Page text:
The order in which Storace published the two Wanhal concertos in the Collection suggests that he brought a copy of the Concerto in D (Weinmann IIa: D1) back with him from Vienna in 1787 and acquired the B-flat Concerto at a later date. However, the publication of editions of Concerto D1 in Paris by Barbieri, three months after it appeared in Volume 1 Part 5 of Storace’s Collection, and three months after that, in December 1788, by André in Offenbach am Main, could also constitute evidence that the work was already in circulation. Only a close study of the extant sources would be able to determine their relationship to Storace’s first edition.

The absence of any other sources for the Concerto in B flat, however, argues that like the Variations, Storace very likely acquired the work directly from the composer. Its publication in Volume 2 Part 2 possibly indicates that it was composed later than Concerto D1 and was sent to Storace after his return to London. We know nothing of any contractual arrangements that may have existed between Storace and the composers he published, but the absence of other sources for the B-flat Concerto could indicate that he had exclusive rights to the work, something he clearly did not have in the case of Mozart’s compositions.

What connection any of this has with the quartet party is of course speculative. From Kelly’s account of the evening, it seems highly unlikely that Storace would have taken the opportunity to discuss business arrangements with his guests and we cannot even be certain that at this point he had even thought about such a project. We do not even know when Storace first met Wanhal, but it is difficult to imagine that the first occasion was at the quartet party. It is unlikely that his relationship with him was as close on a personal level as it was with Mozart who was only a few years older than him. Nonetheless, he clearly regarded Wanhal as an important representative of the dynamic musical environment in Vienna that he wished to showcase in the Collection and almost certainly dealt directly with him in the selection of works to be published. The likely composition date of the B-flat Concerto and its publication in 1789 in the second volume of the Collection indicates an ongoing if limited relationship between the two musicians. It also shows that Wanhal, who had a well-developed entrepreneurial streak, was sufficiently impressed with Storace’s plan and confident of his ability to execute it, to assign to him the rights to publish a work of this consequence. It also throws up an interesting point of comparison with Haydn. Not only was he numerically the least well represented of the Viennese composers in the Collection after Hoffmeister,9 but the two works of his that were published were both relatively unimportant: a Minuet with Variations in A (Hob. XVII: 2) in Volume 2 Part 1 and the Arietta with Variations in E flat (Hob. XVII: 3), composed in 1774, in Volume 2 Part 2. While Haydn might have led the quartet at Storace’s party, he seems to have been a rather more reluctant participant in his ambitious publishing venture.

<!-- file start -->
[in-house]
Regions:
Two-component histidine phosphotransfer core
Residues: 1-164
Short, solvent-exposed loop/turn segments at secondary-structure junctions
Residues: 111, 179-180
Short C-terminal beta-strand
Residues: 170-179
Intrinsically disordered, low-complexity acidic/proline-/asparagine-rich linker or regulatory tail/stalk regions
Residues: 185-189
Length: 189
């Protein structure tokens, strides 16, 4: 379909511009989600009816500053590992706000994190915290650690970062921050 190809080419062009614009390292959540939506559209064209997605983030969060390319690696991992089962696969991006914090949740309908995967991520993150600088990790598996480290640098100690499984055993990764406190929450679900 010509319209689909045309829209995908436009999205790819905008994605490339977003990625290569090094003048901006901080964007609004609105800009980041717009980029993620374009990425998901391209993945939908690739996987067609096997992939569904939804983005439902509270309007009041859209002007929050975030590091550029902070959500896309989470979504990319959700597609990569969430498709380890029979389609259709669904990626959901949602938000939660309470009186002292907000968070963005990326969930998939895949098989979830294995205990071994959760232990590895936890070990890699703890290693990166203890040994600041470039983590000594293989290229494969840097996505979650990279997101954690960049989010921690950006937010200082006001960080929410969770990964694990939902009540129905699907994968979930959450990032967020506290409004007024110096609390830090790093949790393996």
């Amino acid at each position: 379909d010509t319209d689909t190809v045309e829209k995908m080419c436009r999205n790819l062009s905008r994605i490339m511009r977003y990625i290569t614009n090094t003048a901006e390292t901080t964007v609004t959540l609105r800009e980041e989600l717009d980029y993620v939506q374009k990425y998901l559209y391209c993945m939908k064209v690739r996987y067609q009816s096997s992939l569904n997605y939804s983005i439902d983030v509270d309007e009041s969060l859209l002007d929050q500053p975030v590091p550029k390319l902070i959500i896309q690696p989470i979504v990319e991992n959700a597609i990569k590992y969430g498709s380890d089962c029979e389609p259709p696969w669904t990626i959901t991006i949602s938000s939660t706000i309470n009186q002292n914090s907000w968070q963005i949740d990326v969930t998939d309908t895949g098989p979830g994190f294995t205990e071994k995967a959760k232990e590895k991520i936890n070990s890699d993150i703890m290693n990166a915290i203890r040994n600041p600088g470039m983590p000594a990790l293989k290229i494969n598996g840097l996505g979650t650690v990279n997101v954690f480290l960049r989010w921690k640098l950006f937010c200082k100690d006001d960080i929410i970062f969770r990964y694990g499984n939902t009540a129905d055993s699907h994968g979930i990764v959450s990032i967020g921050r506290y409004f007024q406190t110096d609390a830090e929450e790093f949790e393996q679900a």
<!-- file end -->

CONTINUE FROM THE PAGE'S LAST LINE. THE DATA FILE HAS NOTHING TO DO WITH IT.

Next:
1. Michael Kelly, Reminiscences of Michael Kelly, of the King’s Theatre, and the Theatre Royal Drury Lane (London: Henry Colburn, New Burlington Street, 1826), Vol. I, 237-238
  2. Wanhal, along with Ditters[dorf], is listed among the members of the first violin section in a repeat performance of Gluck’s opera Orphée et Euridice that took place on 31 July 1763. See A-Wn Mus. Hs. 3480/c: “Repertoire / de / l’Année / i763: / du / Premier Janvier jusqu’ au dernier / Decembre / Compinant / tous le Spectacles, les Acteurs, Dançeurs, Musiciens et autres gens du theatre Receuilli / Par / Philippe de Gumpenhueber / à Vienne”. This is the earliest known documented reference to Wanhal in Vienna. Since he was not listed in the earlier performance of the opera on 14 July, he may have arrived recently and was engaged as a casual player upon the recommendation of Ditters. This is given greater credence by the presence of both Joseph and Alex Ditters in the second violin section which suggests that Ditters had few inhibitions about acting as a fixer.
  3. Carl Ditters von Dittersdorf, The Autobiography of Karl [sic] von Dittersdorf – Dictated to his Son, trans. Arthur Duke Coleridge (London: Richard Bentley & Son, 1896), 225
  4. See Johann Baptist Wanhal, Violin Concerto in B flat (Weinmann IIb: B1) edited by Allan Badley and Cliff Eisen (Wellington: Artaria Editions, 2005)
  5. Hugo Unverricht, “Carl Ditters von Dittersdorf als Quartettkomponist: Ein Konkurrent Haydns, Mozarts und Pleyels?” Haydn-Studien, 7(3-4), February, 1998, 315-327.
  6. Jane Girdham, “Storace, Stephen (John Seymour)”, Oxford Music Online 27.ii.22)
  7. Allan Badley, “Storace’s Collection of Original Harpsichord Music as a Harbinger of Modernity”,
  8. Alexander Weinmann, “Themen-Verzeichnis der Kompositionen von Johann Baptiste Wanhal” Wiener-Archivstudien, Bd.11(Wien: Musikverlag L. Krenn, 1987)
  9. Hoffmeister is represented in the Collection by the [accompanied] Sonata in A which appeared in Vol.1 Part 6 (entered at Stationers’ Hall 26.vii.1788)